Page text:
Ohio State Gets Bloom’s Syndrome Grant

Foundation turns school into major center for research into the disease

By Sarah Rubin

Published August 25, 2006, issue of August 25, 2006.
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Richard Fishel describes DNA-mismatch repair as the human body’s spell-check program. In most people, this surveillance system is always on, correcting thousands of errors as cells transfer information to new cells. Fishel and his research partner, Joanna Groden, are heading a major new project devoted to finding a cure for Bloom’s syndrome, a rare genetic disease that causes cells to be DNA-repair deficient, essentially shutting down the body’s natural editor.

In January, the two doctors, who work out of Ohio State University, received a grant from the Milo Gladstein Foundation for Bloom’s Syndrome, making their lab the world’s largest center for research into the disease.

The foundation, headed by the Hollywood producer Richard Gladstein and his wife, Lauri, is named for their six-year-old son, Milo, a Bloom’s-syndrome sufferer. Created after Milo was diagnosed with the disease in 2004, it is the only foundation in the world devoted exclusively to Bloom’s syndrome research. Unlike many organizations that perform research into genetic diseases, the Gladstein foundation focuses on developing a cure, which Groden sees as scientifically liberating.

“The award gives us the freedom to do more adventurous things than we would probably be able to do with support from the National Institutes of Health,” Groden said. “It gives me the ability to do something that’s really high-risk. With NIH funding, one has to be very precise.”

The doctors’ ambitious five-year research proposal was approved for over $1 million by the Gladsteins and the three scientific advisers who serve as the foundation’s board: James L. German, who was responsible for isolating the Bloom’s-syndrome gene in 1995, David L. Rimoin and Eberhard Passarge.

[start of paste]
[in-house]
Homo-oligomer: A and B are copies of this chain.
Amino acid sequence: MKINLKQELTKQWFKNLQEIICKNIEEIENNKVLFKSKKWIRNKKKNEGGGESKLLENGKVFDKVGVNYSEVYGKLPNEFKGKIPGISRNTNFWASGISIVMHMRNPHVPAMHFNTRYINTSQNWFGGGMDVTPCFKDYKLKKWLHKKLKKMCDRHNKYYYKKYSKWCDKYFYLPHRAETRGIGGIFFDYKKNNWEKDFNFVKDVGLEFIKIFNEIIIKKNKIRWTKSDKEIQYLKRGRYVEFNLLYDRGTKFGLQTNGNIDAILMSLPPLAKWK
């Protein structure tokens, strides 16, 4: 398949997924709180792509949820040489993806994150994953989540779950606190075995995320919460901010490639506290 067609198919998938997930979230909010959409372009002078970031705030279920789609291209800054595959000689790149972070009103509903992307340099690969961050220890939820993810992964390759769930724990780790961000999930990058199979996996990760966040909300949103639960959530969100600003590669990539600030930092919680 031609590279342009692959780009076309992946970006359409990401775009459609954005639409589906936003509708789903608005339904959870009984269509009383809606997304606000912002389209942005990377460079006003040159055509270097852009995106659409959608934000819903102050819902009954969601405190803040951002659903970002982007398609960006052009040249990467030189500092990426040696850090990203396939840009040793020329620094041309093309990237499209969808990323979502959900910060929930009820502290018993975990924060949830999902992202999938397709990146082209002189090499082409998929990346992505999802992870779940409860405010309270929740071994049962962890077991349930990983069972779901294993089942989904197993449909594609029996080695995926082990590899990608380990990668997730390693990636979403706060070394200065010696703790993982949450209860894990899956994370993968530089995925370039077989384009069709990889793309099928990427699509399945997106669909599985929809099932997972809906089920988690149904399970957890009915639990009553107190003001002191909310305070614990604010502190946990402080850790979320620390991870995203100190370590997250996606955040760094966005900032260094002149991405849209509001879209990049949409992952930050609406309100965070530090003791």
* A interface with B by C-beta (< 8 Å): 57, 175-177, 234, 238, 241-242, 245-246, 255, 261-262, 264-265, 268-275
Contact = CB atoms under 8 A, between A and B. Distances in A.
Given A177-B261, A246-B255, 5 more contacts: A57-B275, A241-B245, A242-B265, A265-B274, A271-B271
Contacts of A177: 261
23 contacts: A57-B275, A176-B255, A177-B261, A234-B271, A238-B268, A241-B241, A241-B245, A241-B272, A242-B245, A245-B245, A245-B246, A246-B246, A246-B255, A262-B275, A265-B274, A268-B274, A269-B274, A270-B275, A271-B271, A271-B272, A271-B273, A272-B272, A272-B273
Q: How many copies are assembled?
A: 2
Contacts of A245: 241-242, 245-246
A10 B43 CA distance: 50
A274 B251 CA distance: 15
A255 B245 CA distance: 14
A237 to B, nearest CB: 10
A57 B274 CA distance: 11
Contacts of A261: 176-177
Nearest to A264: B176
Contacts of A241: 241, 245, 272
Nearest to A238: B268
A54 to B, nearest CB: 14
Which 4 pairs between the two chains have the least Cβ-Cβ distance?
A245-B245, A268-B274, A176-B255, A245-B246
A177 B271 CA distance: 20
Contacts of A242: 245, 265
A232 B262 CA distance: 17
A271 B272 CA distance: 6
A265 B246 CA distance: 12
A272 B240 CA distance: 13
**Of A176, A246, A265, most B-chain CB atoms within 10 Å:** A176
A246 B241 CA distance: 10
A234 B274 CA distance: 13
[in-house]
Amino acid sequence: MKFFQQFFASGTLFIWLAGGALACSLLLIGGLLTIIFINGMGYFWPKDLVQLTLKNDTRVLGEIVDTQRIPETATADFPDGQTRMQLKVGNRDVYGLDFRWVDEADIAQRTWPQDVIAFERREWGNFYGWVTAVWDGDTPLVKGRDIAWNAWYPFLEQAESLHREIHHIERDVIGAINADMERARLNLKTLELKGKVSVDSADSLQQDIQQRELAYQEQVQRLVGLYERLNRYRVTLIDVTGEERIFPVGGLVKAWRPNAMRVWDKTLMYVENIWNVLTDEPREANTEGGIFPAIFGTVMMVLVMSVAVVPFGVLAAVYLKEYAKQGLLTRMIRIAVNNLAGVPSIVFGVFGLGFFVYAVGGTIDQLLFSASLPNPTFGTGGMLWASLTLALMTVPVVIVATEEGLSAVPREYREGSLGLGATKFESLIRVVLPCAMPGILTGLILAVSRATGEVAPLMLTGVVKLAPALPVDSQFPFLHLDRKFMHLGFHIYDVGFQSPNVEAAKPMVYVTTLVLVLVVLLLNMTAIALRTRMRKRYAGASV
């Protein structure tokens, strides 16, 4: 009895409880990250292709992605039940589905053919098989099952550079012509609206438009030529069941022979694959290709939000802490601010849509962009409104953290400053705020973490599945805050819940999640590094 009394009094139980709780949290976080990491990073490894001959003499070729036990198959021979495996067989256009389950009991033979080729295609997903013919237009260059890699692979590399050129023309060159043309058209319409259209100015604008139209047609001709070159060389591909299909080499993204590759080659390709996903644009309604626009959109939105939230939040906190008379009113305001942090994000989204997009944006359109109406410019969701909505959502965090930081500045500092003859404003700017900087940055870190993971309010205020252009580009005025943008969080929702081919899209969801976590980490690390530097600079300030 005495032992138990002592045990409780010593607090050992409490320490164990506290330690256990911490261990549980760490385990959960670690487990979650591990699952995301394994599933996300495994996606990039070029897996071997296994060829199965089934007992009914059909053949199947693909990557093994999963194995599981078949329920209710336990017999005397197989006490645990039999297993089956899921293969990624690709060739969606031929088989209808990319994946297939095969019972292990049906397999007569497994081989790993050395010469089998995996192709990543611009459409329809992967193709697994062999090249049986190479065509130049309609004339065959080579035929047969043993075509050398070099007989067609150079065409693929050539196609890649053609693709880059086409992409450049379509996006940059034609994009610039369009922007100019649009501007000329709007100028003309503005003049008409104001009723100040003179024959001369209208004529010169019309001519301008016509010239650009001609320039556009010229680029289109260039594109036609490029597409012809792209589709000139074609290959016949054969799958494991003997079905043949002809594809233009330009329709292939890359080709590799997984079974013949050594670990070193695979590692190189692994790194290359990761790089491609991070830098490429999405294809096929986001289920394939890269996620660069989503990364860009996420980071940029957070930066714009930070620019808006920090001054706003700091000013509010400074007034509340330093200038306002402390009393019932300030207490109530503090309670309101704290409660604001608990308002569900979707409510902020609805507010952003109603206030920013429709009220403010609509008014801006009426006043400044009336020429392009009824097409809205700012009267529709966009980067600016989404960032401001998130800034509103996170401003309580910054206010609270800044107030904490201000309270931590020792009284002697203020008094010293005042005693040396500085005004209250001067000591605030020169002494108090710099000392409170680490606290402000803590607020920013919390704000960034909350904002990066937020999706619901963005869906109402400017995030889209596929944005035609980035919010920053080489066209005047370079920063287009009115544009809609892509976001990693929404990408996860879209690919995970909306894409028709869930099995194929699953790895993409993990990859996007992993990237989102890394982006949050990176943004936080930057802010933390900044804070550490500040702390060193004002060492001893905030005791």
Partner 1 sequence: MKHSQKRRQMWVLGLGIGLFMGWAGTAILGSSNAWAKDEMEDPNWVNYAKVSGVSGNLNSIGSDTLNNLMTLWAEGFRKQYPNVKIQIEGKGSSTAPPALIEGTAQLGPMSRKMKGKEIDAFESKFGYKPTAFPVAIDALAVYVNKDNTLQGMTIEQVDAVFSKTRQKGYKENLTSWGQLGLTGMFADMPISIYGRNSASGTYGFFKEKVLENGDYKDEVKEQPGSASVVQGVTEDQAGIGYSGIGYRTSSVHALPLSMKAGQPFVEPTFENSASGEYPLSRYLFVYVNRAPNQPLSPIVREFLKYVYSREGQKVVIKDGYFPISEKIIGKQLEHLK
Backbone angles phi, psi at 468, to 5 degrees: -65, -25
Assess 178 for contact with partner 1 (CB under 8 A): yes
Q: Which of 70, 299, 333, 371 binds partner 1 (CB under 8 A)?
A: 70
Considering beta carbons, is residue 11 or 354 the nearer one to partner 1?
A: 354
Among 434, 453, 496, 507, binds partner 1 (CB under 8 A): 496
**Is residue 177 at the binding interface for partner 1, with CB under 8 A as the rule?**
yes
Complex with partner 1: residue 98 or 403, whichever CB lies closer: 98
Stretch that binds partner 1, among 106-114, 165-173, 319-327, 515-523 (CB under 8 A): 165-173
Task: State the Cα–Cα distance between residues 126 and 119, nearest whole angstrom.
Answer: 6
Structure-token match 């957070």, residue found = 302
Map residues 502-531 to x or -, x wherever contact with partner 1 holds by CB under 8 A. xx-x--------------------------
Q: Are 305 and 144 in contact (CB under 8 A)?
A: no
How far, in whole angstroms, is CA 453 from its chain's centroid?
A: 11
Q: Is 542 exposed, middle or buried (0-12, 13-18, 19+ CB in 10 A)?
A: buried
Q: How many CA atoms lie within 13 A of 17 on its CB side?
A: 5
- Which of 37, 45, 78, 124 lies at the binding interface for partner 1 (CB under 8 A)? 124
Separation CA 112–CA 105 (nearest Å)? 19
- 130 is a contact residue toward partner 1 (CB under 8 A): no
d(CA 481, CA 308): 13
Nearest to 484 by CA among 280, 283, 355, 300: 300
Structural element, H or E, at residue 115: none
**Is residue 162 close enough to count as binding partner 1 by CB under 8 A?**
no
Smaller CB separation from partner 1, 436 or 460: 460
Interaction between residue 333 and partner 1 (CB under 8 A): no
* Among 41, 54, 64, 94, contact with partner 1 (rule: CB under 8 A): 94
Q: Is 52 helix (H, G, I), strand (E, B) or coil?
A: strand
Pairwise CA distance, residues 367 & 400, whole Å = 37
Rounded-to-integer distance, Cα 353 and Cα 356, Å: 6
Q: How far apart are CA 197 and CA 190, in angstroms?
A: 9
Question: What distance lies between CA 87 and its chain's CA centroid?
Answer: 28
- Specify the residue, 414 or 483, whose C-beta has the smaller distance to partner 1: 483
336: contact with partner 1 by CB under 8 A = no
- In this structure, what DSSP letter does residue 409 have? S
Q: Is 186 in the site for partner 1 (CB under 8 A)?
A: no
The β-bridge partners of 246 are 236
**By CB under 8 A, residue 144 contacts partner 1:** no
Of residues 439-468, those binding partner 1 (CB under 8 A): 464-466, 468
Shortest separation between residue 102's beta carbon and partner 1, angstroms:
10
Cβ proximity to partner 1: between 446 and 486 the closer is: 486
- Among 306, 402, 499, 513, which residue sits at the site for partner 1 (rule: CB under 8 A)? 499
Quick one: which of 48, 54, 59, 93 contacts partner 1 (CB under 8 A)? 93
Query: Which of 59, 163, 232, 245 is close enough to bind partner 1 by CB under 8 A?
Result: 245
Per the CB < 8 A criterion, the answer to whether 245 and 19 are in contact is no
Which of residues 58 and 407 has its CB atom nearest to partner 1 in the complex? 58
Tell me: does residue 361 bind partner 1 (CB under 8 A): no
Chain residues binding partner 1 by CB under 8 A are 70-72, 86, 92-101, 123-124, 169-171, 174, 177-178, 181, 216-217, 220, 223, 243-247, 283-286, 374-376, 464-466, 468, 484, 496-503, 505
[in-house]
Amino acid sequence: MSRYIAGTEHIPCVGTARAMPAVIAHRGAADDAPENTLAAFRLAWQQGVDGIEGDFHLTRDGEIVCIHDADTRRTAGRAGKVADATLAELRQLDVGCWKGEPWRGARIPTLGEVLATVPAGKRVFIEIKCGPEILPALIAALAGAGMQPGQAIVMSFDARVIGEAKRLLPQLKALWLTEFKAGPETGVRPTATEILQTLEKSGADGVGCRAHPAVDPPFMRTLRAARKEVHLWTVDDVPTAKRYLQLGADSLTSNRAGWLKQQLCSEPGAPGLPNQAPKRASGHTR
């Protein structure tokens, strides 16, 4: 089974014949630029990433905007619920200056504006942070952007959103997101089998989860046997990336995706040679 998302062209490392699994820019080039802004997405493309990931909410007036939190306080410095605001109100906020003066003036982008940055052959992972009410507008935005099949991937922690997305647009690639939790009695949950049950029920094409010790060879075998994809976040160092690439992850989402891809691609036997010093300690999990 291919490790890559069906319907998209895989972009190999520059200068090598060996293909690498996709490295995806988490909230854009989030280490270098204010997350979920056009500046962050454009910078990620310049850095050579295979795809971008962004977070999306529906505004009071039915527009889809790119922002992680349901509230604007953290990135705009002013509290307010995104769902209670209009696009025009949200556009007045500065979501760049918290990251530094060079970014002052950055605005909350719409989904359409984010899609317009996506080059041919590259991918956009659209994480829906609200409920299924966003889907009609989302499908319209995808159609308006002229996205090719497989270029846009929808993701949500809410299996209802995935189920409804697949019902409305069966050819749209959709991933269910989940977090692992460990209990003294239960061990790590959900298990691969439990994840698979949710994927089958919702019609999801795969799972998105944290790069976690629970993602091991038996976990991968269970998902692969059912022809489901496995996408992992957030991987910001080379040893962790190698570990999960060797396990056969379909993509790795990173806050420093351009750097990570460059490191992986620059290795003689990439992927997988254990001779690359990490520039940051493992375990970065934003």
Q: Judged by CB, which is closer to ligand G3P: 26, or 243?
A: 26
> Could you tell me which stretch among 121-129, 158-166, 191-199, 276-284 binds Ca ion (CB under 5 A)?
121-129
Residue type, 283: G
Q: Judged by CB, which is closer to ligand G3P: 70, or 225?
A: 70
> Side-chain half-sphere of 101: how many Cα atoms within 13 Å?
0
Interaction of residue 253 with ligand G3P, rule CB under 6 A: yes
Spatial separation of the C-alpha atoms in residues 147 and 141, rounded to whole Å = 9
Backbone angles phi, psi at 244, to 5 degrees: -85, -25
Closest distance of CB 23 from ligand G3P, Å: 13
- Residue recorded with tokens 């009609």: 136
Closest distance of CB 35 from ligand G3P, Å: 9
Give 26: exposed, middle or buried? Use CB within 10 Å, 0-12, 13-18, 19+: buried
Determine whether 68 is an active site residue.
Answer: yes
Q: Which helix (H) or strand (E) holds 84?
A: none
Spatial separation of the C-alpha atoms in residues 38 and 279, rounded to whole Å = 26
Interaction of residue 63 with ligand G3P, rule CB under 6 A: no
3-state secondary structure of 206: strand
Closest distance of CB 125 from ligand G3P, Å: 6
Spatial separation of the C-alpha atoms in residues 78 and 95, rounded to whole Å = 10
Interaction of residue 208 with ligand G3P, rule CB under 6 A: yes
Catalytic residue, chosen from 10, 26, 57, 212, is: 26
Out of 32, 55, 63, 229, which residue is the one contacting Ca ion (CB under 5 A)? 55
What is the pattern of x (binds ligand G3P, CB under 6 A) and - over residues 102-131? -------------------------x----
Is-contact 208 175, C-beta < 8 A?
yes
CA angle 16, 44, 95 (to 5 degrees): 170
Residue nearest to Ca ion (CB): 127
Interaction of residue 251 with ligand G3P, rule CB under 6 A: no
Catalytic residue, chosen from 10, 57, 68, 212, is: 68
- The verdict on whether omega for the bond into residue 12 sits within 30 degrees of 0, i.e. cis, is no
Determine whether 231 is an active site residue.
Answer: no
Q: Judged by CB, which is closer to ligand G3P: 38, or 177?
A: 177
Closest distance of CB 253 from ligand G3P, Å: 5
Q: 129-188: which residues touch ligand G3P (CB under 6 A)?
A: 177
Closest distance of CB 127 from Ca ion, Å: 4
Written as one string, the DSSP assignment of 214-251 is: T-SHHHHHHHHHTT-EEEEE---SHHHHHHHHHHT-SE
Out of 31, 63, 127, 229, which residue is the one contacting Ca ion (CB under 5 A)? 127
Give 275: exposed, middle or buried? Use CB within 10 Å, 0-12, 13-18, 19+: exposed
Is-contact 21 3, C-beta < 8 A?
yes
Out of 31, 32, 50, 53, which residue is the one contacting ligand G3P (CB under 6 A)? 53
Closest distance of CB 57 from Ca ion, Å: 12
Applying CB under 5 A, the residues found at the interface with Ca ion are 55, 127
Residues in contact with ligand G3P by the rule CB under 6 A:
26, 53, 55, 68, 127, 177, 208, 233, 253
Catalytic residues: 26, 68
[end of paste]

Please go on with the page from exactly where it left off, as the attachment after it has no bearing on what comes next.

Groden’s work is focused on the genome. She works at accentuating and suppressing genetic traits that could serve to eliminate symptoms of the disease. Fishel studies the protein functions and cell environments involved.

Limited work has been done in the past in researching actual treatments rather than the general nature of the disease. Bloom’s syndrome is rare, with only one in 107 Ashkenazic Jews carrying the gene, with still fewer occurrences in other populations. Only 238 people globally are registered as suffering from Bloom’s syndrome. For Lauri and Richard Gladstein, both carriers of the relevant gene, there is a 25% chance that their children will have the disease. Their second child, Gus, now 1 year old, is healthy.

Bloom’s-syndrome patients are generally unusually small and develop skin lesions due to extreme sun sensitivity. They have increased susceptibility to infection, although their general health is good. The greatest risk for the Bloom’s-syndrome sufferer is dysfunction in the body’s “spell-check” machinery, which greatly increases the risk of cancer.

Although Groden and Fishel’s research is focused on finding a tangible clinical therapy for Bloom’s syndrome, there are broader implications for their research. Understanding genetic susceptibility to cancer may provide an important avenue for researching cancer treatment and prevention.

The Gladsteins’ foundation ran its most recent major fund-raising campaign in conjunction with the opening of “Finding Neverland,” a Richard Gladstein production. Future fund-raising events may coincide with the release of his current projects, “The Nanny Diaries,” starring Scarlett Johansson, Laura Linney and Paul Giamatti, and “Mr. Magorium’s Wonder Emporium,” with Dustin Hoffman and Natalie Portman.






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